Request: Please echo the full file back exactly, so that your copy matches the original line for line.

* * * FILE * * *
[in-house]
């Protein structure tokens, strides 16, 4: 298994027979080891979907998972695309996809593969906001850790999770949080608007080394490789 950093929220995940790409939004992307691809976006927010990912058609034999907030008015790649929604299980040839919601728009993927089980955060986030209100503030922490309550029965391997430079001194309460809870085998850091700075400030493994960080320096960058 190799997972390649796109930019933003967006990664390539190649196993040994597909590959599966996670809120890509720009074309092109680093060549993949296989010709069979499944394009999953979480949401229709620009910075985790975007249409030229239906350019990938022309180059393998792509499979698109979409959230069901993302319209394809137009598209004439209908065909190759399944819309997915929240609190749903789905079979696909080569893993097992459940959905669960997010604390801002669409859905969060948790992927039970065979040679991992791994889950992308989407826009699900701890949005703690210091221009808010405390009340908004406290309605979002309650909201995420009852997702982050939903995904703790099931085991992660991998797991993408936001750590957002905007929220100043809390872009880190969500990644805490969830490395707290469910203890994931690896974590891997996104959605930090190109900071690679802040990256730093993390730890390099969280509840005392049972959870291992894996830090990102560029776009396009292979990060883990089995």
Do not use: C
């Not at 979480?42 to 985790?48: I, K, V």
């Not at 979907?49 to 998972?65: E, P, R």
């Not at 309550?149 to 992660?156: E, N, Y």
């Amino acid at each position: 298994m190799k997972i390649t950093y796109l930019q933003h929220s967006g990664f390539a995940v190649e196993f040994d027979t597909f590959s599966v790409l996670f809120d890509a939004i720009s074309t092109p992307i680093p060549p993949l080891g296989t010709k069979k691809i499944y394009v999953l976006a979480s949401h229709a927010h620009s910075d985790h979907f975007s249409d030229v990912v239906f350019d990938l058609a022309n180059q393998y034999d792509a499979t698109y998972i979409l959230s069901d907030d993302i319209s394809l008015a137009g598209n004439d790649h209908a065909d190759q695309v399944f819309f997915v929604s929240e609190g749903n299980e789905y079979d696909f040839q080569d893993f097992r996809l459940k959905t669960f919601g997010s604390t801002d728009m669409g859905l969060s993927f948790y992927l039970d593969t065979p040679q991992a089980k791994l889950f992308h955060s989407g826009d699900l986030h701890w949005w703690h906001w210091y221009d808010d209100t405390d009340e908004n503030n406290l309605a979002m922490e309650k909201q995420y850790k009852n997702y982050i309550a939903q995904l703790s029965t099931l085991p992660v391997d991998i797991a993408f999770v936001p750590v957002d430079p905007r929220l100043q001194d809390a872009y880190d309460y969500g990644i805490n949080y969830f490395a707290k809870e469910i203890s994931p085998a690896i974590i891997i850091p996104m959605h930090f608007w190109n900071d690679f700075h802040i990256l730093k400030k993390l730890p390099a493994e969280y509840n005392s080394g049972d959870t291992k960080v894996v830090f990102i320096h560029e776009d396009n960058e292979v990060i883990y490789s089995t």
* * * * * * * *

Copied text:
[in-house]
């Protein structure tokens, strides 16, 4: 298994027979080891979907998972695309996809593969906001850790999770949080608007080394490789 950093929220995940790409939004992307691809976006927010990912058609034999907030008015790649929604299980040839919601728009993927089980955060986030209100503030922490309550029965391997430079001194309460809870085998850091700075400030493994960080320096960058 190799997972390649796109930019933003967006990664390539190649196993040994597909590959599966996670809120890509720009074309092109680093060549993949296989010709069979499944394009999953979480949401229709620009910075985790975007249409030229239906350019990938022309180059393998792509499979698109979409959230069901993302319209394809137009598209004439209908065909190759399944819309997915929240609190749903789905079979696909080569893993097992459940959905669960997010604390801002669409859905969060948790992927039970065979040679991992791994889950992308989407826009699900701890949005703690210091221009808010405390009340908004406290309605979002309650909201995420009852997702982050939903995904703790099931085991992660991998797991993408936001750590957002905007929220100043809390872009880190969500990644805490969830490395707290469910203890994931690896974590891997996104959605930090190109900071690679802040990256730093993390730890390099969280509840005392049972959870291992894996830090990102560029776009396009292979990060883990089995």
Do not use: C
């Not at 979480?42 to 985790?48: I, K, V």
């Not at 979907?49 to 998972?65: E, P, R």
């Not at 309550?149 to 992660?156: E, N, Y």
């Amino acid at each position: 298994m190799k997972i390649t950093y796109l930019q933003h929220s967006g990664f390539a995940v190649e196993f040994d027979t597909f590959s599966v790409l996670f809120d890509a939004i720009s074309t092109p992307i680093p060549p993949l080891g296989t010709k069979k691809i499944y394009v999953l976006a979480s949401h229709a927010h620009s910075d985790h979907f975007s249409d030229v990912v239906f350019d990938l058609a022309n180059q393998y034999d792509a499979t698109y998972i979409l959230s069901d907030d993302i319209s394809l008015a137009g598209n004439d790649h209908a065909d190759q695309v399944f819309f997915v929604s929240e609190g749903n299980e789905y079979d696909f040839q080569d893993f097992r996809l459940k959905t669960f919601g997010s604390t801002d728009m669409g859905l969060s993927f948790y992927l039970d593969t065979p040679q991992a089980k791994l889950f992308h955060s989407g826009d699900l986030h701890w949005w703690h906001w210091y221009d808010d209100t405390d009340e908004n503030n406290l309605a979002m922490e309650k909201q995420y850790k009852n997702y982050i309550a939903q995904l703790s029965t099931l085991p992660v391997d991998i797991a993408f999770v936001p750590v957002d430079p905007r929220l100043q001194d809390a872009y880190d309460y969500g990644i805490n949080y969830f490395a707290k809870e469910i203890s994931p085998a690896i974590i891997i850091p996104m959605h930090f608007w190109n900071d690679f700075h802040i990256l730093k400030k993390l730890p390099a493994e969280y509840n005392s080394g049972d959870t291992k960080v894996v830090f990102i320096h560029e776009d396009n960058e292979v990060i883990y490789s089995t």